This is the first in a series of character sketches to entertain, inform and possibly pre-empt certain mildly sociopathic behaviours in the pool of retail music afficionados.
THE BASHFUL SPECIAL ORDERER
This shy creature usually first makes contact via telephone. Thusly:
BSO: Do you carry any _______ in your store?
ME: We don't have any at the moment. If you have a specific title in mind we could special order it for you.
BSO: ...Uh, no. That's OK.
This first step is common to all of their kind. Theoretically what they are doing is checking to see if any store has it in stock so that they might purchase it immediately... a reasonable and logical approach. When it fails (which is usually does since what they are after has little chance of being regularly stocked anywhere) they move on to the next step.
If logic were still the guiding light, what should happen next is calling back the place that said they'd get it for you fairly quickly and inquiring about the order process. Instead, the BSO does this:
BSO: Do you have any _______ in stock?
ME: Errr.... not at the moment. We seldom ever see that second hand, but we could certainly get that for you if you'd like.
BSO: ...Uh, no. That's OK.
Step three comes in a few different variations upon a similar theme: Some repeat step two several times until I'm tempted to *69 them, find them and punch them in the ear. Some give up straight away. The bravest of the BSOs actually leave their fortress of solitude and come in to the store. They will appear jumpy, flipping through both new and used of only one particular letter. When you ask if they are looking for anything special they will either accidentally "out" themselves by asking for the same semi-obscure artist/album... or they will mumble nothing discernable and shuffle out before any further confrontation arise. Either way... even in person they will never agree to actually order the album they so obviously want.
You may ask yourselves, "so why not just get the title in so that next time they ask you'll be ready with it?" Ah, friends. Therein lies the strange alchemy of the quasi-forbidden desire. At the very point where the album soooo sought after is finally in stock... that is when the BSO will either completely vanish into another dimensional reality or claim they found it while on vacation in Burundi with their cousins. Then you will find yourself with an albatross of an album that has no other hope of being sold.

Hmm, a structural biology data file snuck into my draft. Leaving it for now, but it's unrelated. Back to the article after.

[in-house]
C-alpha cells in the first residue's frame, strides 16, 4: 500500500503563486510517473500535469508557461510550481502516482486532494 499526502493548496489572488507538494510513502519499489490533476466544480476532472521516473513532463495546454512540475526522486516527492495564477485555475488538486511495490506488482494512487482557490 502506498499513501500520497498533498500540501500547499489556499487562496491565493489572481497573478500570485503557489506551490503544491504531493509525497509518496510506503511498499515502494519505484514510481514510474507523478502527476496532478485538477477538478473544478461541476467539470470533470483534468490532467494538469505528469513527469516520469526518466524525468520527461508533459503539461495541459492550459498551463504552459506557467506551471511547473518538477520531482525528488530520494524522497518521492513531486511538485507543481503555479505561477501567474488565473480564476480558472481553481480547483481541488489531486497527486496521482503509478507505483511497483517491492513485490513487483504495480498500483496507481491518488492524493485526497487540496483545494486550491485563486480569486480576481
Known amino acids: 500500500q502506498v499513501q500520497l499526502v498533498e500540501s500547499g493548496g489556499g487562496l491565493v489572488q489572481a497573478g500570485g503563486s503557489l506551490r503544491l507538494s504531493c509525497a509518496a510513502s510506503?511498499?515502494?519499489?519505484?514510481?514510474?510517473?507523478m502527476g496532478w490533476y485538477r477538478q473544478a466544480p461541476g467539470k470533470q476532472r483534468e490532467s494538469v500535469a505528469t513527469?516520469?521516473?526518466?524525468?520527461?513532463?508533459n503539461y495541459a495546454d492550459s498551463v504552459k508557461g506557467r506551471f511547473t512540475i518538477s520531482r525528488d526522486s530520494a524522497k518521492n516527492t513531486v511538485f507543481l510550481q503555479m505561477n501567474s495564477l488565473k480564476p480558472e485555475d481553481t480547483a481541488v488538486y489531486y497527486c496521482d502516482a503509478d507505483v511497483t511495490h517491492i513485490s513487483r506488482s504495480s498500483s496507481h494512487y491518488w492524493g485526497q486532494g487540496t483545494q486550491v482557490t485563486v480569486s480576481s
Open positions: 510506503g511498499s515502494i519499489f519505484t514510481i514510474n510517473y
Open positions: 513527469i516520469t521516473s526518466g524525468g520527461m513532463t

So it is the dance finds it's own balance: Ask and receive, but only inquire and you shall remain bereft.
Monday, September 18, 2006
Isaac Brock of Modest Mouse was hired by the Sub Pop label to seek and sign artists he thought showed merit. His taste has turned out to be pretty good, bringing Wolf Parade onboard. Around the same time, after releasing The Moon and Antarctica on a major label, Brock trawled the Sub Pop bullpen and assembled an allstar/no-star roster to record an album under the UC alter-ego. From Holopaw he grabbed John Orth who provides lyrics and vocals to a few tracks. From Red Red Meat/Califone he snatched Tim Rutili for guitars/lyrics/vocals and Brian Deck for drums/percussion and co-producing. Rounding things out on a couple of tracks is Three Mile Pilot/Black Heart Procession’s Pall Jenkins providing vocals/guitars/keyboards. Two things are interesting about the album: one is that you can hear elements from all the individual bands in the overall mix… therefore not just a mouse jr. album. Secondly is how much the sound fed into Good News for People Who Love Bad News, Brock’s most recent Modest Mouse release. It’s got all the abstract minimalist swagger that you’d expect, but Orth’s vocals have a yang effect on Brock’s yin, balancing things out. Deck and Rutili long ago perfected the sound of a machine programmed to play 70s Rolling Stones that’s started to fall apart in interesting ways. The alchemy just simmers throughout, brewing up gold and IPA out of whatever base metals were on hand.
A couple of streaming audio samples can be found here.